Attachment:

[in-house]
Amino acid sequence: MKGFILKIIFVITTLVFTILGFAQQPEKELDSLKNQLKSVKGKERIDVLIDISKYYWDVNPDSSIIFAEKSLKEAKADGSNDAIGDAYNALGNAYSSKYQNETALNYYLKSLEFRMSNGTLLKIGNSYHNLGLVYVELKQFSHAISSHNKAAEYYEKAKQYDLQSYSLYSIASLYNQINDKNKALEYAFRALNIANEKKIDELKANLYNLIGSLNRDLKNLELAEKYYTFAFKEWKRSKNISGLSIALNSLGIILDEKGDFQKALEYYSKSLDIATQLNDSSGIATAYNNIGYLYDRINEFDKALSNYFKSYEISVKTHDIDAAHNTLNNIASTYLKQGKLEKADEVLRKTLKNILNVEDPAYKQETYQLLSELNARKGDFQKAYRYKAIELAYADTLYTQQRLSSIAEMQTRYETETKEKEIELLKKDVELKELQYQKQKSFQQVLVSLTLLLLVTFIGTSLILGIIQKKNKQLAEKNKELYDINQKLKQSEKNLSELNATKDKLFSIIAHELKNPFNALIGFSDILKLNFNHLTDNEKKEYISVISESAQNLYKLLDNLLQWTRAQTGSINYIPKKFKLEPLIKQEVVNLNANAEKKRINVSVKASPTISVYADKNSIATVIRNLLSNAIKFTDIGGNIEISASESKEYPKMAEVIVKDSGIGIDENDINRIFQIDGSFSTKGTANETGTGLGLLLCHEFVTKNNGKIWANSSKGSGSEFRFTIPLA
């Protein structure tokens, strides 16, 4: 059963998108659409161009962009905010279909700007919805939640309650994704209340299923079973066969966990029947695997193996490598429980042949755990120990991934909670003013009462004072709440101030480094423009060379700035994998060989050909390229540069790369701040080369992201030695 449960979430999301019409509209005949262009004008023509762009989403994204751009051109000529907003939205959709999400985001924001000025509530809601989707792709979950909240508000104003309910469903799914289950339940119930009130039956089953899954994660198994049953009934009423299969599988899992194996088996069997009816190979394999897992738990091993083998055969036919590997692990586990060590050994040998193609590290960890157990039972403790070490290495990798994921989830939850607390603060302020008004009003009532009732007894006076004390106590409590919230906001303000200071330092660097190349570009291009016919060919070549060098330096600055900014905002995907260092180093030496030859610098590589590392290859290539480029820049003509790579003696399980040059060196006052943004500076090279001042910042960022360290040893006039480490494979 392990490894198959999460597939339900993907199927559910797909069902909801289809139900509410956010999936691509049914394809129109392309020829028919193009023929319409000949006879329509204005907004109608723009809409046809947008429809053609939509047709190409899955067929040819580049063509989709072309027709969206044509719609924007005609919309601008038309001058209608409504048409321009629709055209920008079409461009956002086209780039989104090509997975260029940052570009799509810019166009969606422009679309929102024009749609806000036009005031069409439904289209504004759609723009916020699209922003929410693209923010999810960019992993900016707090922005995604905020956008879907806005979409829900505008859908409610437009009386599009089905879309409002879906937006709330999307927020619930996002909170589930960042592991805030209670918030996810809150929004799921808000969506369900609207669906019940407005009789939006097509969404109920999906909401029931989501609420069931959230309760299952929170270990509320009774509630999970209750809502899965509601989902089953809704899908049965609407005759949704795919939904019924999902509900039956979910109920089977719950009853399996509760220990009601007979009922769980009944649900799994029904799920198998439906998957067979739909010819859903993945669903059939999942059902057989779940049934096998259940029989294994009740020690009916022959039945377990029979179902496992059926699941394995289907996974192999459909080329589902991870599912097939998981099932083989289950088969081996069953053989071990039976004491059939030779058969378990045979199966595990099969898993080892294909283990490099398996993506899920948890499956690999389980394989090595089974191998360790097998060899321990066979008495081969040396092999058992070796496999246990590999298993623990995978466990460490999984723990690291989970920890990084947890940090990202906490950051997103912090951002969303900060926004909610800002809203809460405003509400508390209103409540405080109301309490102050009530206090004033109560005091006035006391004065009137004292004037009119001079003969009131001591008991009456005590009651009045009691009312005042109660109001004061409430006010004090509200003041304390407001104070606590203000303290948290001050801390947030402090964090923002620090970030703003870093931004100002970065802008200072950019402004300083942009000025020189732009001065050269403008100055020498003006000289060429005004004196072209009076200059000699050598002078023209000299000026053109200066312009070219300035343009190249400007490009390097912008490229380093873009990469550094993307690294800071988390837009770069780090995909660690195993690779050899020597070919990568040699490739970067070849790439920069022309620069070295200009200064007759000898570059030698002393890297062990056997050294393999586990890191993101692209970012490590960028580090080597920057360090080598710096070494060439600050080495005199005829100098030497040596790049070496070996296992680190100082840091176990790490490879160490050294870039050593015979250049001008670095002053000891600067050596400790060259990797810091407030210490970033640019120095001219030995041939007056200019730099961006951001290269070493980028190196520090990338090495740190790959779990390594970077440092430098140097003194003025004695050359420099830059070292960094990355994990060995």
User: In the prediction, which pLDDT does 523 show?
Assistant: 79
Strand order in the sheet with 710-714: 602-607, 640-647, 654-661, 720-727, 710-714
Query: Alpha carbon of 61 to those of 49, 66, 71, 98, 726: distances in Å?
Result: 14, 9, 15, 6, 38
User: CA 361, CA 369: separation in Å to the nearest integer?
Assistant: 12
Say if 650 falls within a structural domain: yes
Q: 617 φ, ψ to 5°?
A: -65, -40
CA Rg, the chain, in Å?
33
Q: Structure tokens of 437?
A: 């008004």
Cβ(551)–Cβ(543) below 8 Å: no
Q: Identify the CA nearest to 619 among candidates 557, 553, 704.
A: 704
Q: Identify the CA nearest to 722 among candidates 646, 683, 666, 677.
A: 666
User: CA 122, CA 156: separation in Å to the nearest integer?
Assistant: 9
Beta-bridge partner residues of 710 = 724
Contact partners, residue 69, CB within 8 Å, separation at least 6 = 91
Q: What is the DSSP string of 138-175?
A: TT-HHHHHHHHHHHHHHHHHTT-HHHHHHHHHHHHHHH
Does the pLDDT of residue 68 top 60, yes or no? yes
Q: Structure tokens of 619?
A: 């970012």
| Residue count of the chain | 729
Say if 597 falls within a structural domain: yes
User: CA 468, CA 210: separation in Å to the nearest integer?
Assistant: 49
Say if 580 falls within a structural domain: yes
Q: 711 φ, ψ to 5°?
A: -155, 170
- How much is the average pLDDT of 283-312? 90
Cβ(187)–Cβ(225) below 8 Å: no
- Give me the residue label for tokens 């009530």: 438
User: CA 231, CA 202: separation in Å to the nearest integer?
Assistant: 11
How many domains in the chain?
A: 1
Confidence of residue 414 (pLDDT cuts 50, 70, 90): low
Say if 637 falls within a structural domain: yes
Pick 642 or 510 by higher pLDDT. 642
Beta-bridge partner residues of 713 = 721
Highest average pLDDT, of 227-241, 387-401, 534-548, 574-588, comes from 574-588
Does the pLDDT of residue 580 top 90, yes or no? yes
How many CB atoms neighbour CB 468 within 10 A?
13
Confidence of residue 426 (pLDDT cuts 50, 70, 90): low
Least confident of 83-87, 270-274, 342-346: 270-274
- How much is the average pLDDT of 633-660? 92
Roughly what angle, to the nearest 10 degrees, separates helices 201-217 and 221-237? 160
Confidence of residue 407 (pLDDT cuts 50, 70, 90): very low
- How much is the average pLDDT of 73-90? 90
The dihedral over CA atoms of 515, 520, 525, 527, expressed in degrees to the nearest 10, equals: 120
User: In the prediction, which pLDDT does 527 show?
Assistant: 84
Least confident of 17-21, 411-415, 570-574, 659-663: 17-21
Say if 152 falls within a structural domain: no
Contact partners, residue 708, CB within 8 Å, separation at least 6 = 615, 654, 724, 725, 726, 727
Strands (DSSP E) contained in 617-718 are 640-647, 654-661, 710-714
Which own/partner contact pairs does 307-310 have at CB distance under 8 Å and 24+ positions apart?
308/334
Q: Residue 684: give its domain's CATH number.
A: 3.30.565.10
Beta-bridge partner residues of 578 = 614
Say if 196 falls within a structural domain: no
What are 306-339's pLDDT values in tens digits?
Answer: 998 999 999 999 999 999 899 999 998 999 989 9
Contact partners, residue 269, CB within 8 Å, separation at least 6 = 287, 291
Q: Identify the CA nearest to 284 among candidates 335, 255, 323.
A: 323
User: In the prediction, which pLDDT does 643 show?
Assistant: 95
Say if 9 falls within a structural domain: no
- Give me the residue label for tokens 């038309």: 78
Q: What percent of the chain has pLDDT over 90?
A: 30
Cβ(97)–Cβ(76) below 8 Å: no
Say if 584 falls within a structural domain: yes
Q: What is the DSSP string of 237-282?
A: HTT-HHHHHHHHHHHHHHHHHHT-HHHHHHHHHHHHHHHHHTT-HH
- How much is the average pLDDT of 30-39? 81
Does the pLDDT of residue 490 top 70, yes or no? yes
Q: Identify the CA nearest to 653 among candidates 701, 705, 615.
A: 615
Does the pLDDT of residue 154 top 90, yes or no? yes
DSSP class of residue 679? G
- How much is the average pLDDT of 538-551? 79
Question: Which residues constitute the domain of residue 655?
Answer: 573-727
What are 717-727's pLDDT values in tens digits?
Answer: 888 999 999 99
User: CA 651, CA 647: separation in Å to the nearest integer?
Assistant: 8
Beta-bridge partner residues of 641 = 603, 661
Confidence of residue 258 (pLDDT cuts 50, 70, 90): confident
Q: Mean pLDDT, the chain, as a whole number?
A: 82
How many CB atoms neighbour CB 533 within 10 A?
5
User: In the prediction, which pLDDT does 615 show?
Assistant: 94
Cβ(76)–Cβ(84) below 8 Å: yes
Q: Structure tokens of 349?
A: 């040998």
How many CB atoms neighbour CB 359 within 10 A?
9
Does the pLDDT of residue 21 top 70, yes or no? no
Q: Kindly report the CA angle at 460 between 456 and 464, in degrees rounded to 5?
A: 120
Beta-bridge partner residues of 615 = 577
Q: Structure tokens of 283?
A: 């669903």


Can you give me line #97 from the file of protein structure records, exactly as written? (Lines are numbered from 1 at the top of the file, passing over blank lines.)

What are 717-727's pLDDT values in tens digits?